[T]he most remarkable element of the Time report is that one could read the magazine cover to cover and never know that any Israelis had been killed and injured in their homes, in the street, in a train depot, by Hezbollah missiles, as Bradley Burston of Haaretz commented about a July 31 Time Magazine photo essay.
Noa Tamam clings to her mother Tzvia in an emergency room in Nahariya on Aug. 3. Both were wounded by a Hizballah missile that killed two family members, including Noa’s father. The ER was moved to the basement to guard against rockets, one of which hit the hospital on July 28.
So, Burston and other media observers might now be satisfied, knowing that a modicum of balance has been introduced into the Lebanon war coverage, right?
Wrong. The photo, paired with a full-page facing page image of a Lebanese child in a body bag, appears under the headline “Unintended Targets: Fighting between Israel and Hizballah takes its toll on the most vulnerable.” Israeli children are unintended targets? Nasrallah doesn’t really mean to hit them? Indeed, the notoriously imprecise katyusha rockets are launched indiscriminately at northern Israel precisely because all Israelis–children included–are fair game for Hezbollah. Far from being an “unintended target” Noa and her parents represent a direct hit for Nasrallah.
In contrast, Lebanese children truly are unintended targets of Israel who are all too often caught in the fray because Hezbollah has embedded itself in the civilian population. To draw any comparison between Israeli children killed by Hezbollah rocket attacks which directly target civilians and Lebanese children killed in Israeli strikes against Hezbollah positions is a false moral equivalency which blurs reality.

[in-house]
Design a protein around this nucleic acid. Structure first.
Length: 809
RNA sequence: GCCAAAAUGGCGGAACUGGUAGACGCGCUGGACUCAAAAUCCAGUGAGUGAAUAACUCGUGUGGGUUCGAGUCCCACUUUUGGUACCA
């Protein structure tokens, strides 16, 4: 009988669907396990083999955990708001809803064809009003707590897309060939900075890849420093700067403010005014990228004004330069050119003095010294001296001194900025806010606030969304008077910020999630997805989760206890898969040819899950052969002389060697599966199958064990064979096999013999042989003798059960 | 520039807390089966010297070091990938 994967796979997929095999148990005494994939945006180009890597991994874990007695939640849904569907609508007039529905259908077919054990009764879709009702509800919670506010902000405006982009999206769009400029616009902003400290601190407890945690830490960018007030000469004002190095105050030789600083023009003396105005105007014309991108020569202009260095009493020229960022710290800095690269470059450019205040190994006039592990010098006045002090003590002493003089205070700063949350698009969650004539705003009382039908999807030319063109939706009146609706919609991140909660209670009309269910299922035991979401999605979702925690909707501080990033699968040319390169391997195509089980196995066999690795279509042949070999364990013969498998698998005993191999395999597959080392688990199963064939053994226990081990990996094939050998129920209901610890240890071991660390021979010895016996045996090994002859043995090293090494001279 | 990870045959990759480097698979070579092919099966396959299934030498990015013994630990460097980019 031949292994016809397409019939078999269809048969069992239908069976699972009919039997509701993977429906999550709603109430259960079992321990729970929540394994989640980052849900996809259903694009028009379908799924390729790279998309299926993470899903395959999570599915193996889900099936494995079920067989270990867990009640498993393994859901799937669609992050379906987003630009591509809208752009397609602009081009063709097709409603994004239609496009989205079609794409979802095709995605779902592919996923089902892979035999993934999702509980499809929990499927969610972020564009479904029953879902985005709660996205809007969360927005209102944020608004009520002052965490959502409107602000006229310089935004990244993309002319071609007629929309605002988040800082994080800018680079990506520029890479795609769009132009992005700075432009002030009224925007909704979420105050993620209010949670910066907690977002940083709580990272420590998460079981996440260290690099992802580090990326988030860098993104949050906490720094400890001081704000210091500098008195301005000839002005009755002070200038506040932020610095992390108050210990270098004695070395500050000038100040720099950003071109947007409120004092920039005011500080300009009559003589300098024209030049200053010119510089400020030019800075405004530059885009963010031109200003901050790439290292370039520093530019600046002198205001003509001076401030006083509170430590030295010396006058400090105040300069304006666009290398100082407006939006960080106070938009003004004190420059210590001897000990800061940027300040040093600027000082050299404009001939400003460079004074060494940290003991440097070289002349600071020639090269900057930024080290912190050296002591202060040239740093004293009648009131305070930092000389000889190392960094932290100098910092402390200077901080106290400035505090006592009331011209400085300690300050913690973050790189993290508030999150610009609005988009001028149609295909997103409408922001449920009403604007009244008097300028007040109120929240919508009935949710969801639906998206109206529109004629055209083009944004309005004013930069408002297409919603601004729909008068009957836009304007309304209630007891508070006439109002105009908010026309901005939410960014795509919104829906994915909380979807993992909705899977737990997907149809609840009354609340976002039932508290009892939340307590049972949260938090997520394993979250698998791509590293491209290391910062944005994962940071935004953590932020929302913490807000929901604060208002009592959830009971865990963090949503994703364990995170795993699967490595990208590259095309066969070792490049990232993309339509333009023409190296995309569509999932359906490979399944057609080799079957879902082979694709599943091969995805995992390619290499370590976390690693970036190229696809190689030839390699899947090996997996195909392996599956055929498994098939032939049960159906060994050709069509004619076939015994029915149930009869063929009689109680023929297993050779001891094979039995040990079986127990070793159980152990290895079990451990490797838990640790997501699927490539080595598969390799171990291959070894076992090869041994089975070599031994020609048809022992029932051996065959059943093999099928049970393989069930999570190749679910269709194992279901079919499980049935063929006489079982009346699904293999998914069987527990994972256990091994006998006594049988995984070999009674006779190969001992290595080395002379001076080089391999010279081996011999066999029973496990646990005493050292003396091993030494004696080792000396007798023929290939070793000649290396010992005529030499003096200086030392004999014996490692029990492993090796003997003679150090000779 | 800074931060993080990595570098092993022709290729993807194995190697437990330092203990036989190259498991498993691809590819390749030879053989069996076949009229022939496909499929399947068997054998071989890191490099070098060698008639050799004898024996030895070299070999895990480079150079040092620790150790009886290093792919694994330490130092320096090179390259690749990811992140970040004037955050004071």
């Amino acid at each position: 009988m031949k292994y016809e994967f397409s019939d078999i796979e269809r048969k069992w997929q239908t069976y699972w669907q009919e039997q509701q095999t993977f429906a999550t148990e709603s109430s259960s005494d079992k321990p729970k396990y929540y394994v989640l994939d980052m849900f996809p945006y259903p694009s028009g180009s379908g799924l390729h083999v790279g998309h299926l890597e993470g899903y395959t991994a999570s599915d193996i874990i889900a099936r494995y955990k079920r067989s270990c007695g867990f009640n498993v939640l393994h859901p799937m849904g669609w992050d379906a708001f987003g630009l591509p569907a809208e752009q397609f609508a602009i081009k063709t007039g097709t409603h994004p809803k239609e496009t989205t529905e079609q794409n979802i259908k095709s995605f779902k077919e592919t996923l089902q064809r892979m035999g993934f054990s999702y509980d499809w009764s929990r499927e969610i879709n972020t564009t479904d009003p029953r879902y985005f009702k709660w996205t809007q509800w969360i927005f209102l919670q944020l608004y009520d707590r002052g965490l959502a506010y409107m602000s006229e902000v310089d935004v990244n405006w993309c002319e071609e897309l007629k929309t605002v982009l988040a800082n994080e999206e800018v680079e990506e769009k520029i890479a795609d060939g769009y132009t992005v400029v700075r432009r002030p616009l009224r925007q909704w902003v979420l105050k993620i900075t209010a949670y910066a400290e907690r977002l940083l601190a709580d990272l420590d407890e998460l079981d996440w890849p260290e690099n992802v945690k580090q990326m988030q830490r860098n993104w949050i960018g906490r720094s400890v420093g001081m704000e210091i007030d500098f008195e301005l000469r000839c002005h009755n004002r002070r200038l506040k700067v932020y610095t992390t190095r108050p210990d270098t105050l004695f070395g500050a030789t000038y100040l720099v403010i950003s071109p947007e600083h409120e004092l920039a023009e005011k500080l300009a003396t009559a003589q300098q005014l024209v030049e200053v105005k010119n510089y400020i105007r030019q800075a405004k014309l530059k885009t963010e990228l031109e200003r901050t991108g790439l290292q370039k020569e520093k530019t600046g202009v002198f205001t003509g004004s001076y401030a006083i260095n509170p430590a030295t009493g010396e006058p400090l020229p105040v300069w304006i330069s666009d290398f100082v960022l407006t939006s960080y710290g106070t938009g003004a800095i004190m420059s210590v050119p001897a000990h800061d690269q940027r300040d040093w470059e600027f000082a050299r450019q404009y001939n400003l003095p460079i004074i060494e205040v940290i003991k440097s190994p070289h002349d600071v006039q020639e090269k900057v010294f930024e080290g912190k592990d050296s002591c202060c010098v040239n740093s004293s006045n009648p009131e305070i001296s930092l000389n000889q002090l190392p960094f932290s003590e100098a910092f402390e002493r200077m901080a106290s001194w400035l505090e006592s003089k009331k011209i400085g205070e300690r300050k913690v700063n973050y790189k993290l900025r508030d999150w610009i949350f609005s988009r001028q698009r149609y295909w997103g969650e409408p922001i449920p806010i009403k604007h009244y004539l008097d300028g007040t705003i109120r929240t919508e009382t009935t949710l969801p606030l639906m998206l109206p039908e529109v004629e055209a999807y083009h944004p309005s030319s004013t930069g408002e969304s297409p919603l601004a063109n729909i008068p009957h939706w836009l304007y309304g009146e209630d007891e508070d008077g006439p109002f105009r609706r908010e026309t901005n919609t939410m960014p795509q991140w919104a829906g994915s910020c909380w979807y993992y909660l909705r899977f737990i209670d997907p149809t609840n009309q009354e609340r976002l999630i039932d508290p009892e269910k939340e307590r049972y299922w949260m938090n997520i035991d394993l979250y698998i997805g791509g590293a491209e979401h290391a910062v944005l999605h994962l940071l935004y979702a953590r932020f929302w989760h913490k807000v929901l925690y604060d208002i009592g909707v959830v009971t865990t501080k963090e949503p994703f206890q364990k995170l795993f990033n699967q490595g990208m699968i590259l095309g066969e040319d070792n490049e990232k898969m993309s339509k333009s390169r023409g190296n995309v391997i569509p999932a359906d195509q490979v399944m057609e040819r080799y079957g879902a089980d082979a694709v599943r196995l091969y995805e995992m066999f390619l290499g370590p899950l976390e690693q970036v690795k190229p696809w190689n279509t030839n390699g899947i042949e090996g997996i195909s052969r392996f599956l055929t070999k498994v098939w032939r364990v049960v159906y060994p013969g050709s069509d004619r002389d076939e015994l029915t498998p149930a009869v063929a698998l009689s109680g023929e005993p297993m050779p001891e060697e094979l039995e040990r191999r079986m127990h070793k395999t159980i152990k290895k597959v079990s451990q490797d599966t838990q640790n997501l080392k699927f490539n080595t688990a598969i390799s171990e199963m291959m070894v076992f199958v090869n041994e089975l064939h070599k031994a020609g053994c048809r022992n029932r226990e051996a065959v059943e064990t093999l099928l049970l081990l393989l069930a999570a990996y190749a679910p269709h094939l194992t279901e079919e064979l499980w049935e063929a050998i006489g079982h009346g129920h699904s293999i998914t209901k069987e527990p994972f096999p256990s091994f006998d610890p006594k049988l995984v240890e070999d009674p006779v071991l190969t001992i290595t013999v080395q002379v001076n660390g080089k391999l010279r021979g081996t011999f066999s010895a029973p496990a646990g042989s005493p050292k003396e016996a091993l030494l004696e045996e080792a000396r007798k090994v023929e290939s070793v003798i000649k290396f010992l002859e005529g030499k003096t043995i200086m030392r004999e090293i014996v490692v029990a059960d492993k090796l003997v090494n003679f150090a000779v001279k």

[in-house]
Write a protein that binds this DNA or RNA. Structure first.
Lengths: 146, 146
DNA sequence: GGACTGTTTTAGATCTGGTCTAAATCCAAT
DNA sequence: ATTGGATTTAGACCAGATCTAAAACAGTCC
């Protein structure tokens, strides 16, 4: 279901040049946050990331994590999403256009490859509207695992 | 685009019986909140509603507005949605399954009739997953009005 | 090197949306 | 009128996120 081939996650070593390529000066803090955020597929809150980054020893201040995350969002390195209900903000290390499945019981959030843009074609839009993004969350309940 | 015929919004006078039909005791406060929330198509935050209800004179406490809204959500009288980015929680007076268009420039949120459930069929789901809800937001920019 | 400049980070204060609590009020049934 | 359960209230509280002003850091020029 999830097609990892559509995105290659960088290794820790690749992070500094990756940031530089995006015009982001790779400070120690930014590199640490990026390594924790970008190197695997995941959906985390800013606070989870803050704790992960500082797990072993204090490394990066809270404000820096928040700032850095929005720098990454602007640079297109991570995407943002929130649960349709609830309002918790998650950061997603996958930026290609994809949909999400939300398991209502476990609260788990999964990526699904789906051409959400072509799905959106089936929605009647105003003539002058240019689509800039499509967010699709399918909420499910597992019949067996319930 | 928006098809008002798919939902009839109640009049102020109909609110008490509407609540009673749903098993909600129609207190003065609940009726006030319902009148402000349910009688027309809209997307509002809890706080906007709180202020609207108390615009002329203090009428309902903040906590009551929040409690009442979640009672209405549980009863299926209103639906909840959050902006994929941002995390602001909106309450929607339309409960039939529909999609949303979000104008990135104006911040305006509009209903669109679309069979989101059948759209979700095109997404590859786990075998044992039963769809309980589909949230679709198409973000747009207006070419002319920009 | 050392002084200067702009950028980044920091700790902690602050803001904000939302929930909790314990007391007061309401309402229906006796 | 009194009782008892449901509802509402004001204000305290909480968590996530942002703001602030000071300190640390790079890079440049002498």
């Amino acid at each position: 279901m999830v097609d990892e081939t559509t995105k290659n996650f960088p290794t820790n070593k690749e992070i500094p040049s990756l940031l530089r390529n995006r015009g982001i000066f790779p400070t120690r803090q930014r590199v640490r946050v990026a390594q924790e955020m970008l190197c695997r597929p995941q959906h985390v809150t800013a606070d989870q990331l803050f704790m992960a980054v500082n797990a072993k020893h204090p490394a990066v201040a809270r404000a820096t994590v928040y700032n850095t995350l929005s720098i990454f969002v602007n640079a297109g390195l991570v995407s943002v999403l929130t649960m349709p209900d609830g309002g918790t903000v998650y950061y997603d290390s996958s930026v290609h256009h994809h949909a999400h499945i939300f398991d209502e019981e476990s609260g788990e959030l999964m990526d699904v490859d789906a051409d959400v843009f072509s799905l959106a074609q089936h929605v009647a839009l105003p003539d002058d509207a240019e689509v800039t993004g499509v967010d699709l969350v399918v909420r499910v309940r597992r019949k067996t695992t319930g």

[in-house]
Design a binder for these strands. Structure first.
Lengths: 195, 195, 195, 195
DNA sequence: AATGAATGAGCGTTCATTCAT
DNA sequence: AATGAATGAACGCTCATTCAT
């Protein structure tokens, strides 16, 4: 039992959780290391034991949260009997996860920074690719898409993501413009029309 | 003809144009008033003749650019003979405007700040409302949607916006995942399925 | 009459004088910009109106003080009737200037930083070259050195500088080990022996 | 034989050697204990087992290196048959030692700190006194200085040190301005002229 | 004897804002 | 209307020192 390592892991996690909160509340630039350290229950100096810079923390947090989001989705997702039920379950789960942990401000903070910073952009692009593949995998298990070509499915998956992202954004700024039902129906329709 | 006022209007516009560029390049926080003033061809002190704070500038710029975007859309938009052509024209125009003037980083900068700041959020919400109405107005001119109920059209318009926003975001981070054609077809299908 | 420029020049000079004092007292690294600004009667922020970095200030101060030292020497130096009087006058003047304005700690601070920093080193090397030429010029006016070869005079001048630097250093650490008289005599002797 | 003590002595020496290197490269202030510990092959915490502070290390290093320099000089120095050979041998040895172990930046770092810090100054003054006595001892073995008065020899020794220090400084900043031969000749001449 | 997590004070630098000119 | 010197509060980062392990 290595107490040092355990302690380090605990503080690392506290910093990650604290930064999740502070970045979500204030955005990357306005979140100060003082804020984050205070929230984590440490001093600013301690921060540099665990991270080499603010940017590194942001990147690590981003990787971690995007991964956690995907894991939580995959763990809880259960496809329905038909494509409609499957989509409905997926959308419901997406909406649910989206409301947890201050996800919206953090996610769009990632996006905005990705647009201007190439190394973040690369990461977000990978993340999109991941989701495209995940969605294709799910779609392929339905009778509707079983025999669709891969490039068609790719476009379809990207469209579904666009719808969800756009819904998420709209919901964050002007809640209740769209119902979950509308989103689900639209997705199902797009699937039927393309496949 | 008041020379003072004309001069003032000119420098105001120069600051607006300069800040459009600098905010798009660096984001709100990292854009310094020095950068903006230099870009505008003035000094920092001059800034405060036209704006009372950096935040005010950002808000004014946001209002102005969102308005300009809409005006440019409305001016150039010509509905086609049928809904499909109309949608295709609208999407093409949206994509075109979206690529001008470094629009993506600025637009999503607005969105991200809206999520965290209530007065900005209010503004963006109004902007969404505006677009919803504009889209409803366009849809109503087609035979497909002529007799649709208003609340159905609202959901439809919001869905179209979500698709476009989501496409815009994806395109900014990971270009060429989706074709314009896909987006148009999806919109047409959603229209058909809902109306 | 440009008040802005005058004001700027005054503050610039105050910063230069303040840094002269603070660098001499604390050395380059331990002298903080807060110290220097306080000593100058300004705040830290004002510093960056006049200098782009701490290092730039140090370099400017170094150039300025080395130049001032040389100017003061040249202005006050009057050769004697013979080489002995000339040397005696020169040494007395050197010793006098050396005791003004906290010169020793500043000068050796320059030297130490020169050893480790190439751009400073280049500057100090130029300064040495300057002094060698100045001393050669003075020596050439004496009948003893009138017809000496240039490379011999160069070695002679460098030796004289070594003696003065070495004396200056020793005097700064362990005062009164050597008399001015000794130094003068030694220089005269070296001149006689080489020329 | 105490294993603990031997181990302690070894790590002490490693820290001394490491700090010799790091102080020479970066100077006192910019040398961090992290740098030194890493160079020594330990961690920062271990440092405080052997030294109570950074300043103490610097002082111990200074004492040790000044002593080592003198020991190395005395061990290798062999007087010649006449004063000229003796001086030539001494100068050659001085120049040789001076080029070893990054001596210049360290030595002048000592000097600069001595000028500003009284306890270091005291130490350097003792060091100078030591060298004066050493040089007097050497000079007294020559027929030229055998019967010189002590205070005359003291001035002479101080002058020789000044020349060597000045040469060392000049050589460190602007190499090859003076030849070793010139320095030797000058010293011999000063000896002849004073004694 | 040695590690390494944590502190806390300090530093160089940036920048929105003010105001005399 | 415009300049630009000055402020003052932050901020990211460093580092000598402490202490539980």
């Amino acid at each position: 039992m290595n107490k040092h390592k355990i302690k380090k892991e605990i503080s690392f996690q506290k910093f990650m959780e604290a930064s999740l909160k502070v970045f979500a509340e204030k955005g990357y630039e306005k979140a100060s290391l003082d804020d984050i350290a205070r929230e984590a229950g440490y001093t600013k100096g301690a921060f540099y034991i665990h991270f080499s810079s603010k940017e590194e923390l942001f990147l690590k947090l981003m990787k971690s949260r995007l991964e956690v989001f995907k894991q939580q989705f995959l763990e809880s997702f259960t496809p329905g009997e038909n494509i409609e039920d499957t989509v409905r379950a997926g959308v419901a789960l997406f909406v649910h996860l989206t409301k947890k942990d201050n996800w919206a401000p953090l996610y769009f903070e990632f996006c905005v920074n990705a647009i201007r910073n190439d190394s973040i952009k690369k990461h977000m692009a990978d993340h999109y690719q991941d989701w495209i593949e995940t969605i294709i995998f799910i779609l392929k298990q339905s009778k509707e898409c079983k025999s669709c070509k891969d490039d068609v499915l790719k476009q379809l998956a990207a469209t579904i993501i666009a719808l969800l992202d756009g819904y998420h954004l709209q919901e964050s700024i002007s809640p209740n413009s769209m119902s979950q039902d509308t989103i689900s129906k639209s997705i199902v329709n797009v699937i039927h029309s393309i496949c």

Facts Take a Back Seat
Time’s unfortunate headline brings to mind a July 27 Op-Ed in the International Herald Tribune by Bernard Haykel, an associate professor of Middle Eastern and Islamic Studies at New York University (“Al Qaeda takes a back seat”). He wrote:
Nasrallah is extremely careful to hew closely to the dictates of Islamic law in his military attacks. These include such principles as advance notice, discrimination in selecting targets and proportionality.
The claim that Nasrallah exercises “discrimination in selecting targets” is utter nonsense. The July 30 International Herald Tribune article by Steven Erlanger, “In Israel, rockets strike targets of all faiths,” underscores that fact. As Maalot-Tarshiha Mayor Shlomo Bohbot is quoted as saying: “The Katyushas are like Russian roulette. They don’t discriminate.” No one knows that better than the Abbas family, Muslims of M’ghar, who lost their daughter to Hezbollah’s rockets in the week before Haykel’s Op-Ed. Likewise, the Taluzis, an Arab family from Nazareth, know that Nasrallah was clearly not discriminating when a rocket killed their sons, Rabia, 7, and Mahmoud, 3, on July 20 (IHT, “A town’s quiet grief mirrors conflict,” July 20). More recently, Nasrallah called on Israeli Arabs to leave Haifa so that they will not be harmed in future attacks on the city—and indication that he regards Israeli Arabs at least as “unintended targets.” As for the rest of the population, children included, they apparently are his “intended targets.”
And what about the claim that Nasrallah has “hew[ed] closely” to the dictate to provide advance notice? While Hezbollah has threatened Haifa and beyond with rockets, in no way has he provided actual advance notice to the residents of Akko, Nahariya, Piki’in, Haifa, Carmiel, Tsfat, etc., about the 1500 rockets he launched their way. The only advance notice they received was the Israeli siren warning system, which gives about a half a minute notice. (Perhaps Haykel has Nasrallah confused with Israeli forces, which have leafleted villages in southern Lebanon warning of impending bombing raids?) (Haykel’s Op-Ed predates Nasrallah’s call to Haifa’s Arab citizens; thus it cannot even be argued that he gave his Arab brethren advance notice.)